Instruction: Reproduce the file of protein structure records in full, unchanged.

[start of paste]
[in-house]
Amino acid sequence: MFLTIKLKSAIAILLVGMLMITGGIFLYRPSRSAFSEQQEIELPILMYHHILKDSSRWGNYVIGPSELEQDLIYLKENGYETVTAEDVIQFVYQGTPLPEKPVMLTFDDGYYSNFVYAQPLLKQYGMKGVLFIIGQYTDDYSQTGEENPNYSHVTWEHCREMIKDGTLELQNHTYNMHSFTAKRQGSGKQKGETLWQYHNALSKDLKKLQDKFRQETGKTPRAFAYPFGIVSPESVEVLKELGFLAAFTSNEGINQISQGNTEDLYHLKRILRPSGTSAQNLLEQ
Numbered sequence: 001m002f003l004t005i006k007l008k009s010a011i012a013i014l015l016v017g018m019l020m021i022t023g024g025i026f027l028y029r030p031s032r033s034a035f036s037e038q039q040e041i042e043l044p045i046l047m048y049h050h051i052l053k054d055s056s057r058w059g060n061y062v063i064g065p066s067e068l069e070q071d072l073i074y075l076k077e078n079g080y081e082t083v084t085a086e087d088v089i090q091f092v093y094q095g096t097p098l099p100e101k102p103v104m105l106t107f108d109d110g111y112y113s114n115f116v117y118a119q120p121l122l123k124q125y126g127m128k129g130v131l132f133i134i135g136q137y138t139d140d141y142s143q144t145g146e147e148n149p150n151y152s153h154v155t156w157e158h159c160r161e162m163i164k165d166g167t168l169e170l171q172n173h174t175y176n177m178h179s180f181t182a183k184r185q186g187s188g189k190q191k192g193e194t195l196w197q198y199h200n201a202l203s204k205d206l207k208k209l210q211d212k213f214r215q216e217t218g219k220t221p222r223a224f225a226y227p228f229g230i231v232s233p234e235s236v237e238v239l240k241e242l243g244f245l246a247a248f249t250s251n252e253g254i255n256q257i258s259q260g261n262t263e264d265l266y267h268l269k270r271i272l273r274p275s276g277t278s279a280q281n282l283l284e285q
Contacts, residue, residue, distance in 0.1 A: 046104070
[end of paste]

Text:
[in-house]
Amino acid sequence: MFLTIKLKSAIAILLVGMLMITGGIFLYRPSRSAFSEQQEIELPILMYHHILKDSSRWGNYVIGPSELEQDLIYLKENGYETVTAEDVIQFVYQGTPLPEKPVMLTFDDGYYSNFVYAQPLLKQYGMKGVLFIIGQYTDDYSQTGEENPNYSHVTWEHCREMIKDGTLELQNHTYNMHSFTAKRQGSGKQKGETLWQYHNALSKDLKKLQDKFRQETGKTPRAFAYPFGIVSPESVEVLKELGFLAAFTSNEGINQISQGNTEDLYHLKRILRPSGTSAQNLLEQ
Numbered sequence: 001m002f003l004t005i006k007l008k009s010a011i012a013i014l015l016v017g018m019l020m021i022t023g024g025i026f027l028y029r030p031s032r033s034a035f036s037e038q039q040e041i042e043l044p045i046l047m048y049h050h051i052l053k054d055s056s057r058w059g060n061y062v063i064g065p066s067e068l069e070q071d072l073i074y075l076k077e078n079g080y081e082t083v084t085a086e087d088v089i090q091f092v093y094q095g096t097p098l099p100e101k102p103v104m105l106t107f108d109d110g111y112y113s114n115f116v117y118a119q120p121l122l123k124q125y126g127m128k129g130v131l132f133i134i135g136q137y138t139d140d141y142s143q144t145g146e147e148n149p150n151y152s153h154v155t156w157e158h159c160r161e162m163i164k165d166g167t168l169e170l171q172n173h174t175y176n177m178h179s180f181t182a183k184r185q186g187s188g189k190q191k192g193e194t195l196w197q198y199h200n201a202l203s204k205d206l207k208k209l210q211d212k213f214r215q216e217t218g219k220t221p222r223a224f225a226y227p228f229g230i231v232s233p234e235s236v237e238v239l240k241e242l243g244f245l246a247a248f249t250s251n252e253g254i255n256q257i258s259q260g261n262t263e264d265l266y267h268l269k270r271i272l273r274p275s276g277t278s279a280q281n282l283l284e285q
Contacts, residue, residue, distance in 0.1 A: 046104070